Adjusting your financial plan to provide for your child's education will make life much easier down the road.
Preparing for Their Future
by John Brummitt
Have you ever noticed how much financial planning is compared to birds and their nesting habits? “The early bird gets the worm,” your kids “leave the nest,” and you have to build a “nest egg” for retirement. While all of these must be considered for a solid financial plan, let’s focus on kids leaving the nest. Whether you have children now or plan to have them in the future, being prepared for them to leave home is a process you cannot start too early. Like building your “nest egg,” adjusting your financial plan to provide for your child’s secondary education will make life much easier down the road.
The Small Business Job Protection Act passed by Congress in 1996 established 529 provisions that had little to do with college savings. These laws have since been refined to create “qualified tuition programs,” one of the best ways to save for college. Governed by the Internal Revenue Code, section 529, they are commonly referred to as 529 Plans.
The plans fall into two categories, prepaid tuition plans and college savings plans. A prepaid tuition plan locks in the price of tuition at the college or university where the plan is purchased. The prepaid plan covers tuition and fees only, although excess funds can be used for qualified expenses. Prepaid plans place limits on the age and grade when the plans can be purchased and set limits for the duration of the enrollment period. Since prepaid plans are established through the university or college your child plans to attend, the control of the funds rests with the school. Still, many prepaid plans are backed or guaranteed by the state in which the school is located.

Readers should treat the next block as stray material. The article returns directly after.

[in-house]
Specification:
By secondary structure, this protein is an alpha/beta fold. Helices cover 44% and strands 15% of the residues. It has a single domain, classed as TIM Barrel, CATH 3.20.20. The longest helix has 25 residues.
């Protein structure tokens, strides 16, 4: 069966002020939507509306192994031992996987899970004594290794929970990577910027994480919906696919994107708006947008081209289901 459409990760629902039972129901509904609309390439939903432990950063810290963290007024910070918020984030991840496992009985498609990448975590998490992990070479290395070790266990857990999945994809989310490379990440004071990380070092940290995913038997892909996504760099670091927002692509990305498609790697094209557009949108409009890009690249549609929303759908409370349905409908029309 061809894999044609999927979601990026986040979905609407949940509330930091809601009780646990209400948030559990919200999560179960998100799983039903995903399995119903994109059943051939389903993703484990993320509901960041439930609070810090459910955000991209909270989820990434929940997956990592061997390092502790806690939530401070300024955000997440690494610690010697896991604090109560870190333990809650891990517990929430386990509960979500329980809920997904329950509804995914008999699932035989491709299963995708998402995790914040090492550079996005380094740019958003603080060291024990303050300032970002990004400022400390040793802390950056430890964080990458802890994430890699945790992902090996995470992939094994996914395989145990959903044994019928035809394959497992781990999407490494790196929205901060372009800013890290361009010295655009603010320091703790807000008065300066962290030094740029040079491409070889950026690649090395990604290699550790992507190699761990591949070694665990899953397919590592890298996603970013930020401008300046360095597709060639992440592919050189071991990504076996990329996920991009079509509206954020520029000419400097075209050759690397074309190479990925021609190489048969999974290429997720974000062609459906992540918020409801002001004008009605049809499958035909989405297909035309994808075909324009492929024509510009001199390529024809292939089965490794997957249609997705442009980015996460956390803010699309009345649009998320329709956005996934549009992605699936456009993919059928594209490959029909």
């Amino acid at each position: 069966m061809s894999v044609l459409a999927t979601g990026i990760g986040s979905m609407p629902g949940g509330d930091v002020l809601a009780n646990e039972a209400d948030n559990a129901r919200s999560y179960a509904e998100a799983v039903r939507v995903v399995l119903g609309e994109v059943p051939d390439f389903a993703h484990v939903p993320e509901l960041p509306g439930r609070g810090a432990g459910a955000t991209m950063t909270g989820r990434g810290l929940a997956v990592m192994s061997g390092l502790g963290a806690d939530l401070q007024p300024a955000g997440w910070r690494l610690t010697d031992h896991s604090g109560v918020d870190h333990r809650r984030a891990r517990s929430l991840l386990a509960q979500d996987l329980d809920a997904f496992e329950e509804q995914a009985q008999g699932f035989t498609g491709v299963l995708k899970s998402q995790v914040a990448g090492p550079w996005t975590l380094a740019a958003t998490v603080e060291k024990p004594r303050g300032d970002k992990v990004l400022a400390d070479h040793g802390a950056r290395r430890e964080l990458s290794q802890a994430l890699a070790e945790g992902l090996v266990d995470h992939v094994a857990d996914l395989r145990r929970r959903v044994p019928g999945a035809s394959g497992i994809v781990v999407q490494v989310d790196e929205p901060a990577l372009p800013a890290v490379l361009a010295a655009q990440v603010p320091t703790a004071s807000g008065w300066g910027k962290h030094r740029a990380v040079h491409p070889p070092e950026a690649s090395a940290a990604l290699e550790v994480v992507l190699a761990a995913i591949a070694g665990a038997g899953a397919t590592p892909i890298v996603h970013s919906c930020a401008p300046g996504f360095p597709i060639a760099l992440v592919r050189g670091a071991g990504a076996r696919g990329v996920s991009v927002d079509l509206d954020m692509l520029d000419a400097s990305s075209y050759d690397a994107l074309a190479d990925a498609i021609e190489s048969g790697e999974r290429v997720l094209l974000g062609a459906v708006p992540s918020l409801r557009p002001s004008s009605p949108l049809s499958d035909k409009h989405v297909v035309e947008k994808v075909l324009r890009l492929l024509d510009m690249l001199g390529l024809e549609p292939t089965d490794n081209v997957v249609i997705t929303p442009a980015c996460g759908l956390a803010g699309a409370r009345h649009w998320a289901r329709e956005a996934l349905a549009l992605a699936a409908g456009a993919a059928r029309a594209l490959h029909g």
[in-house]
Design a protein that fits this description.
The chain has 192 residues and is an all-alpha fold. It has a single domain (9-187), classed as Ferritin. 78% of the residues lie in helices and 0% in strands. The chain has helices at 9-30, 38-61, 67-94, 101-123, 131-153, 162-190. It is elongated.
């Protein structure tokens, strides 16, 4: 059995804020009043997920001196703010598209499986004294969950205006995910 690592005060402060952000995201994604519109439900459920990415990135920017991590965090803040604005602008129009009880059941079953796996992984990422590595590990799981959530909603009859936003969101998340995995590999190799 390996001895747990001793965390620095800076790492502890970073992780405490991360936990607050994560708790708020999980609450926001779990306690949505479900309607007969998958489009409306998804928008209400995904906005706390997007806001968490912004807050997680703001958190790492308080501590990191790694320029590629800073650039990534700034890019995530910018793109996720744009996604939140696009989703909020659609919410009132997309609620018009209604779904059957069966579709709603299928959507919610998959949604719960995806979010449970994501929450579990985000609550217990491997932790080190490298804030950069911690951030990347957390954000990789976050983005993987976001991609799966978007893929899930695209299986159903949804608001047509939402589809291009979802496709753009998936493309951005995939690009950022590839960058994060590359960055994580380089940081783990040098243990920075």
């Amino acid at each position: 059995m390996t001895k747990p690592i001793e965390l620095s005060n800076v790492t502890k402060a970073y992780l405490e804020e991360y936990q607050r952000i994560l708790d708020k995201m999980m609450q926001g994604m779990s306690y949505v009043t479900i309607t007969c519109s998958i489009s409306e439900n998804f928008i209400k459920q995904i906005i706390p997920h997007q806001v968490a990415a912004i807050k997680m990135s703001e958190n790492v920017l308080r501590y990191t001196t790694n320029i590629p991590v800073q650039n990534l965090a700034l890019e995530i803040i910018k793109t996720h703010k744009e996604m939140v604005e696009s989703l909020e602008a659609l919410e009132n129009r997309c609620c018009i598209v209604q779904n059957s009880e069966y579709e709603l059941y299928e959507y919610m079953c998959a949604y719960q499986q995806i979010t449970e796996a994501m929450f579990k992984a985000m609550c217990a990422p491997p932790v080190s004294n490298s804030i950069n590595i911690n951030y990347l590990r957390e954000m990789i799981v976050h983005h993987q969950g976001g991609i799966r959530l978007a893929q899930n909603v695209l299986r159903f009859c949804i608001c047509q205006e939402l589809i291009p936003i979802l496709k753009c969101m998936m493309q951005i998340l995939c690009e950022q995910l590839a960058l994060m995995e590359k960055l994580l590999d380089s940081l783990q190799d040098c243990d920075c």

College savings plans allow more freedom. These funds can be used for any college tax-free as long as used for “qualified higher education expenses.” These expenses include anything needed for your child to go to college. College savings plans have no age limit or grade requirements like prepaid plans, but they have a contribution limit of $200,000. Since college savings plans are invested in the market they do carry a certain amount of risk, but their potential for growth is increased.
So which 529 Plan is right for you? One way to answer this question is to consider how much time you have before your little one will head off to college. If your child is already in high school, prepaid plans are appealing. If you know what school your child plans to attend, it may be beneficial to lock in the current tuition rate and hedge against future tuition increases. If your child is young, a college savings plan may be a more feasible option, allowing you to build up college funds at a much earlier date and gain from the benefits of compounding interest.
Once your family decides on which type of plan will best serve the goals set for your child’s secondary education, make adjustments to your budget to reach the financial goal you have set. Be as diligent in making contributions to your child’s 529 Plan as you are to saving for your own retirement. It is always easier to pay voluntarily into a college fund, than to pay off school loans with additional charges and interest.
Preparing for your child’s college career (like any other life-changing event) is easier with a plan. Whether preparing for your child to “leave the nest” or building your own “nest egg” for retirement, remember that time is always your greatest investment tool. It’s true. “The early bird gets the worm.”
About the Writer: John Brummitt is Chief Financial Officer for the Free Will Baptist Board of Retirement: www.boardofretirement.com.